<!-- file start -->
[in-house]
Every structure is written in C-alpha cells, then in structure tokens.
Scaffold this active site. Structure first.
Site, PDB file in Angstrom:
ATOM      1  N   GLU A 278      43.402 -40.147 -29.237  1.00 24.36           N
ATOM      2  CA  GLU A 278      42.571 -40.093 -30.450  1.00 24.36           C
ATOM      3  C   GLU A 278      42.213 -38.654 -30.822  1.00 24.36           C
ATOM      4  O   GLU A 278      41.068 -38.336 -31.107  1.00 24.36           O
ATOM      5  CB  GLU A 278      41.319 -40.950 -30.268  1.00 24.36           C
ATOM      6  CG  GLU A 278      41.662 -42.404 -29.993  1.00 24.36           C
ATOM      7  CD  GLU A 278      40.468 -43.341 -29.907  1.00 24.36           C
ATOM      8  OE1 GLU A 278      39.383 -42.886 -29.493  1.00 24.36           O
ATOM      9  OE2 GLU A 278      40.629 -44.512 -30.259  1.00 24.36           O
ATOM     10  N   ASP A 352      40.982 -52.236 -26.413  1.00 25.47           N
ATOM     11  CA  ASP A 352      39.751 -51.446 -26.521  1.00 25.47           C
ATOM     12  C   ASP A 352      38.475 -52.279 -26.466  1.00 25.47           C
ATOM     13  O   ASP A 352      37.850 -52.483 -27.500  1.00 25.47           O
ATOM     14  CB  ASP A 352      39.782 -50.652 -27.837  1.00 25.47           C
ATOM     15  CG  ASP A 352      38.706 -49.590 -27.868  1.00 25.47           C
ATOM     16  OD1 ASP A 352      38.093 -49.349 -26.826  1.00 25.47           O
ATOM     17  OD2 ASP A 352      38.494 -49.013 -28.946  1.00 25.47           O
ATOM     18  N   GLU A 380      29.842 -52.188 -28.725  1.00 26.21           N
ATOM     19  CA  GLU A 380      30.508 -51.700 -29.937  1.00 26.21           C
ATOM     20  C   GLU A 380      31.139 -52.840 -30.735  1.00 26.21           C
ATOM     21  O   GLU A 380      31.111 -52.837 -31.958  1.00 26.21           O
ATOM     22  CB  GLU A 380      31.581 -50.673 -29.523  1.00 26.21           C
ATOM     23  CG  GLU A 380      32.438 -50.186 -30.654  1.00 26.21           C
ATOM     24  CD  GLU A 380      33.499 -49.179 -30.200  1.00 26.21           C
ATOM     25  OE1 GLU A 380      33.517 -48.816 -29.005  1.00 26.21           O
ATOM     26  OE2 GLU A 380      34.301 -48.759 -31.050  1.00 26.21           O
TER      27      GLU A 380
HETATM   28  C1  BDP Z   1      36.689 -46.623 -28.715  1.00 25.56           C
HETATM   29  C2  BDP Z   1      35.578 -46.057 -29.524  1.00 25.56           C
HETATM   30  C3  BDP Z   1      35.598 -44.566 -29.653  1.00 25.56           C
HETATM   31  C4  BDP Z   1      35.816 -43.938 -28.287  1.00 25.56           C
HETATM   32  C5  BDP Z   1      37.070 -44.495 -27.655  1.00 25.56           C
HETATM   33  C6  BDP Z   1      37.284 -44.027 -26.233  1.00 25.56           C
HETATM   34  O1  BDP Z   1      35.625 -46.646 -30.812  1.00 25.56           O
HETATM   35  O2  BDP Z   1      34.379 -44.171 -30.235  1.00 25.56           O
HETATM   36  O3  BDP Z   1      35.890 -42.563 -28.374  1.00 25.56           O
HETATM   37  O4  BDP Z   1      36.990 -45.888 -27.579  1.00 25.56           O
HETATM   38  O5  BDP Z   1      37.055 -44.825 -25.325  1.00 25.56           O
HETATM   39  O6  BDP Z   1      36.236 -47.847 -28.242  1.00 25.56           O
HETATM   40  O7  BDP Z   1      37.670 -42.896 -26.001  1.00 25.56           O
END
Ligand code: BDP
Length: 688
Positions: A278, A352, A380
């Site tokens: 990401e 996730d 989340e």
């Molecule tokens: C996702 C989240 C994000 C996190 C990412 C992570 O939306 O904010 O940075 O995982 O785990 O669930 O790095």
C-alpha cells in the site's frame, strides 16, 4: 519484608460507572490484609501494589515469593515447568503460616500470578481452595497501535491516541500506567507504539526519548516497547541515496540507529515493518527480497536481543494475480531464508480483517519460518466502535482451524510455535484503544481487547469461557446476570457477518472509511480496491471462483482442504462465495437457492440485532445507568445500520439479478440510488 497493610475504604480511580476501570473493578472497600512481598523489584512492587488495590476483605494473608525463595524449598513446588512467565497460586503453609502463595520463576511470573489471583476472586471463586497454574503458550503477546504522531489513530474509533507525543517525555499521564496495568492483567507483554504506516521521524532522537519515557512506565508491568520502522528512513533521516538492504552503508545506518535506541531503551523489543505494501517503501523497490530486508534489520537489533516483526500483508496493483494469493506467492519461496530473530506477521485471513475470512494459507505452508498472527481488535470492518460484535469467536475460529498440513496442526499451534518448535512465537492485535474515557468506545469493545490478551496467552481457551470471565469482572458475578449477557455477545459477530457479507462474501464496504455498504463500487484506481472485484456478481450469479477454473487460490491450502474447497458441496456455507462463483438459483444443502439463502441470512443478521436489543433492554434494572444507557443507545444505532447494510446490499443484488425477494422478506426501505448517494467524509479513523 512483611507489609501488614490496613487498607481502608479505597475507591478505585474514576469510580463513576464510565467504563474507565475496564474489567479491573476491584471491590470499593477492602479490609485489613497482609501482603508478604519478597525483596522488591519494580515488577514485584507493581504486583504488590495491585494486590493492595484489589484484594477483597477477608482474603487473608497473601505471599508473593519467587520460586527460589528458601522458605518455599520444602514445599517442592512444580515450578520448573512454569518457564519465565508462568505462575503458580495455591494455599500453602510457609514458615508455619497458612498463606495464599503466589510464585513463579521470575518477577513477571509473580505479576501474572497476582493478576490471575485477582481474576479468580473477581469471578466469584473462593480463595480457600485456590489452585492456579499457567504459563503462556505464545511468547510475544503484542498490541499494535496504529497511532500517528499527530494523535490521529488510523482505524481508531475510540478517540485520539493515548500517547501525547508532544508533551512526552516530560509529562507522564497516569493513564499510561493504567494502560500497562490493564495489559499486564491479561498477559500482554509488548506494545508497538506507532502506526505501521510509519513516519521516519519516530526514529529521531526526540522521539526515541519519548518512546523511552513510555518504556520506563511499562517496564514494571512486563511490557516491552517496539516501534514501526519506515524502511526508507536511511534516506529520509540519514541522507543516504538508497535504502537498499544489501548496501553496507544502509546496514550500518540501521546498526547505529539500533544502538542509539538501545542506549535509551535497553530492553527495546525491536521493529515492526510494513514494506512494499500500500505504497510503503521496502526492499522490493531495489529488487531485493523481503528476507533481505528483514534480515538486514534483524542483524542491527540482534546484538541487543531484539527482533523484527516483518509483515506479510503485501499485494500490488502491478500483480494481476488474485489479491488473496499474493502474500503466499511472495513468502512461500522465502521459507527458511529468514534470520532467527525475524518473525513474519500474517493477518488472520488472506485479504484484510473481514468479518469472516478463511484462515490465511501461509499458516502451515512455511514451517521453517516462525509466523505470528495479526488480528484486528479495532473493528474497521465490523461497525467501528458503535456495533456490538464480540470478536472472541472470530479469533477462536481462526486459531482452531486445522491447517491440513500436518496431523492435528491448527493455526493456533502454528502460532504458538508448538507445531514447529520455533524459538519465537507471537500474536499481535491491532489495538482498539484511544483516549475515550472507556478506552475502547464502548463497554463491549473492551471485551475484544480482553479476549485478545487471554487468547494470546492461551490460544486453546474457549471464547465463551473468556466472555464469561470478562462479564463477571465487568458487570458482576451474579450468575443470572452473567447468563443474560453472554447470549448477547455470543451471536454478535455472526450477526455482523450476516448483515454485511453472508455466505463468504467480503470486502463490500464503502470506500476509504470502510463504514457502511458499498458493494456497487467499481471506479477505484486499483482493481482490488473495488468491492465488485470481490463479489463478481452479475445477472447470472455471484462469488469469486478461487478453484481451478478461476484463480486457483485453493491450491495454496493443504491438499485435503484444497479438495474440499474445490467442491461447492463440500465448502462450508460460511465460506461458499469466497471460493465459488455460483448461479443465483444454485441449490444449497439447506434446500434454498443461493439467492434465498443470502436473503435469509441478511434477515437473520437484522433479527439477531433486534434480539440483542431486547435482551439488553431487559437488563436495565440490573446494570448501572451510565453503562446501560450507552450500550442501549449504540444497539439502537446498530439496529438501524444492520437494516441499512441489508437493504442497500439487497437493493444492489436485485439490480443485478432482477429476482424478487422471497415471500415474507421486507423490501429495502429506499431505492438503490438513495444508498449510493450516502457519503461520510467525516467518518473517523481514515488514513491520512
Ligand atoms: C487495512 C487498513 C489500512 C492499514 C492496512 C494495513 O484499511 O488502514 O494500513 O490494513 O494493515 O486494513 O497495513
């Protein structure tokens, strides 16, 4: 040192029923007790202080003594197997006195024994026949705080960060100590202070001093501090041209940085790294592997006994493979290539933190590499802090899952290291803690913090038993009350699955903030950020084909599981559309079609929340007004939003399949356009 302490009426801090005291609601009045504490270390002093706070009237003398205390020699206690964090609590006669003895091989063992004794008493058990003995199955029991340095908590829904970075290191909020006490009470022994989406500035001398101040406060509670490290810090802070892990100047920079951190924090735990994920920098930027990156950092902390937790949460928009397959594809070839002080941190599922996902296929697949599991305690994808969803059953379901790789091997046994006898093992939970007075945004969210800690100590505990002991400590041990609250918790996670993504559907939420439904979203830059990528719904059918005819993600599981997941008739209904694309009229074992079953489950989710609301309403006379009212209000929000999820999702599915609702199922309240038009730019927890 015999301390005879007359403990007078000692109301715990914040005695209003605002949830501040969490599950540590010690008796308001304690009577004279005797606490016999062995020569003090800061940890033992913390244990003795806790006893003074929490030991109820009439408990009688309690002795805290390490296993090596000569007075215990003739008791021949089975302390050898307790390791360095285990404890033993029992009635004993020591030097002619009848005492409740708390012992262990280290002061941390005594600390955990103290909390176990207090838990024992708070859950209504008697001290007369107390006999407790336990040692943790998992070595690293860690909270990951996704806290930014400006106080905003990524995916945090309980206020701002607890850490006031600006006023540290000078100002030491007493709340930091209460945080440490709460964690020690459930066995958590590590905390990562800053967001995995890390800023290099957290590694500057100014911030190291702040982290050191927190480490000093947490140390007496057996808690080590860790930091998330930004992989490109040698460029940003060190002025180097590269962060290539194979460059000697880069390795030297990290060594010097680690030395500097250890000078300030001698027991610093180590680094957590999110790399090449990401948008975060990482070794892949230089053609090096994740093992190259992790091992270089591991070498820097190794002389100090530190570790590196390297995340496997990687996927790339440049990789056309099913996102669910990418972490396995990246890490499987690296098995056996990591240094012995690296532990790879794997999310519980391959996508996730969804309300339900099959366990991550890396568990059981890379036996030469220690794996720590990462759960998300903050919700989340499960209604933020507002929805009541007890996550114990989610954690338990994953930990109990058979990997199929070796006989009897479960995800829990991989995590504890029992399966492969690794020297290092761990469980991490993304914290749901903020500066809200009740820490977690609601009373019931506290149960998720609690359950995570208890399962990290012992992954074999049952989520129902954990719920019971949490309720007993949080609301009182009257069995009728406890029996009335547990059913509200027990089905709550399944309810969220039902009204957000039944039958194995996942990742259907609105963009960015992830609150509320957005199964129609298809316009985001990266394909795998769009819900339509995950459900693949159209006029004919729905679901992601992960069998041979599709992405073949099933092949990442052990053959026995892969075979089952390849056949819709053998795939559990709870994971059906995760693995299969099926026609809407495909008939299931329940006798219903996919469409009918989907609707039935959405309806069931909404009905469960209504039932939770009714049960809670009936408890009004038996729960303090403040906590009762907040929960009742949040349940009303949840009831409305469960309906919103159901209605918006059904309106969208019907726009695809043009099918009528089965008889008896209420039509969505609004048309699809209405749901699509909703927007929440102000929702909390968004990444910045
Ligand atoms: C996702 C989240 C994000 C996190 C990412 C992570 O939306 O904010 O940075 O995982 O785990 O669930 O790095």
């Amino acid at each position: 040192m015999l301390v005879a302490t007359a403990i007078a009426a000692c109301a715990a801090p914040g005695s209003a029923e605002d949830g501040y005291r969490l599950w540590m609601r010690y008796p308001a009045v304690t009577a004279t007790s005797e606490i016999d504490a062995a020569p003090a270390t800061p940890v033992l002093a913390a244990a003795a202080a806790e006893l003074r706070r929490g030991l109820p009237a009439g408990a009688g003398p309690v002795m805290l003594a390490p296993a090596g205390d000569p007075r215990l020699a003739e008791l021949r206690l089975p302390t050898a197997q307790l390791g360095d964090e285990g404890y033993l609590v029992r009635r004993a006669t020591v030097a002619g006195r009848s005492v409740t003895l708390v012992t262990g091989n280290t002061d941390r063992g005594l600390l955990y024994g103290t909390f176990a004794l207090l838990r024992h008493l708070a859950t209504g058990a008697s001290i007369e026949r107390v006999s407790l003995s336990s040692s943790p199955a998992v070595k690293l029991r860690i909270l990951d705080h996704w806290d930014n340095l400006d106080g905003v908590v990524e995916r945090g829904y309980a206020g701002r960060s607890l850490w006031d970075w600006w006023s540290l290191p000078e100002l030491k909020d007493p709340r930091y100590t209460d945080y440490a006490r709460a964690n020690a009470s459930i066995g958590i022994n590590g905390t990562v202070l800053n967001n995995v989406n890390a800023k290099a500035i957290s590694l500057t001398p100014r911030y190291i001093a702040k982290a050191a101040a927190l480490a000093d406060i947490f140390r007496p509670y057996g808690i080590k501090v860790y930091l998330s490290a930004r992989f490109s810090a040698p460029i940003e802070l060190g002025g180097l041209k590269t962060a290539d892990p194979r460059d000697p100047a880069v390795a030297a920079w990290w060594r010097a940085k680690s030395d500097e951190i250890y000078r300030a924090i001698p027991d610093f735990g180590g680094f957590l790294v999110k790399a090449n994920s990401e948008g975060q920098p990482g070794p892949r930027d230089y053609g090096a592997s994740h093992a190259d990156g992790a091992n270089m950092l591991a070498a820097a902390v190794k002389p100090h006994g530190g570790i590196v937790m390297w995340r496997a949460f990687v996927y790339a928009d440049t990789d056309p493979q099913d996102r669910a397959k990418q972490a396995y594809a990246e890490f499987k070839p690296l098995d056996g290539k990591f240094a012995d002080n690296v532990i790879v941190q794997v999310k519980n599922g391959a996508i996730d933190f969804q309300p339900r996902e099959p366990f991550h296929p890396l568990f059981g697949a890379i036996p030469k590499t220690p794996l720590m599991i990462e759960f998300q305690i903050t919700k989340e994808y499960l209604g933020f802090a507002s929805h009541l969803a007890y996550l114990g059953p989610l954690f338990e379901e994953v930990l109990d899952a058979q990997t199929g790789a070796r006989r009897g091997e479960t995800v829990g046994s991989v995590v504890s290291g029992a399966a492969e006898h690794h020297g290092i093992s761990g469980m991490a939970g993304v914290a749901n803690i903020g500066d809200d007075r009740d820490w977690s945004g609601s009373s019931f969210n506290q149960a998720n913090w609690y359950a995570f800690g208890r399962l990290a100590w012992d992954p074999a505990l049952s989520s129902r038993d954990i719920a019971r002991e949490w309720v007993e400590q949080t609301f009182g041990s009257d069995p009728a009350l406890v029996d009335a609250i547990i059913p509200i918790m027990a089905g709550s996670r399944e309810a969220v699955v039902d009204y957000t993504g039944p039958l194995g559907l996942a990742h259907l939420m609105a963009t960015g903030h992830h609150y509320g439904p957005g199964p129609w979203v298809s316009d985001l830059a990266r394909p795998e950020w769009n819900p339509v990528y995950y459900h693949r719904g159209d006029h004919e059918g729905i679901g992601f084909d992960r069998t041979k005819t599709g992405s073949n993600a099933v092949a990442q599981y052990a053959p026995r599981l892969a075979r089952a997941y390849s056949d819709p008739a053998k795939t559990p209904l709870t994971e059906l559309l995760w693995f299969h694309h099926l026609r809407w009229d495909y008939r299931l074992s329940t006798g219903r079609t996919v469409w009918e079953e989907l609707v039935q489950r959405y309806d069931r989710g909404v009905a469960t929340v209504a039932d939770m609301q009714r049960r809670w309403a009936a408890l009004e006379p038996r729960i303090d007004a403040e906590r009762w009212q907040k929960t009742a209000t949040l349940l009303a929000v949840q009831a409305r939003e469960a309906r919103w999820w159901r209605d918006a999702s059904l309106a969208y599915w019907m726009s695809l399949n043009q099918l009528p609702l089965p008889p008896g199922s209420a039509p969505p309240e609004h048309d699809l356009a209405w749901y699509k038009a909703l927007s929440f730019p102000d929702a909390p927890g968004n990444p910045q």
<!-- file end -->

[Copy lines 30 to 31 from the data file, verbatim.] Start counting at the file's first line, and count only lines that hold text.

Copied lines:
ATOM     26  OE2 GLU A 380      34.301 -48.759 -31.050  1.00 26.21           O
TER      27      GLU A 380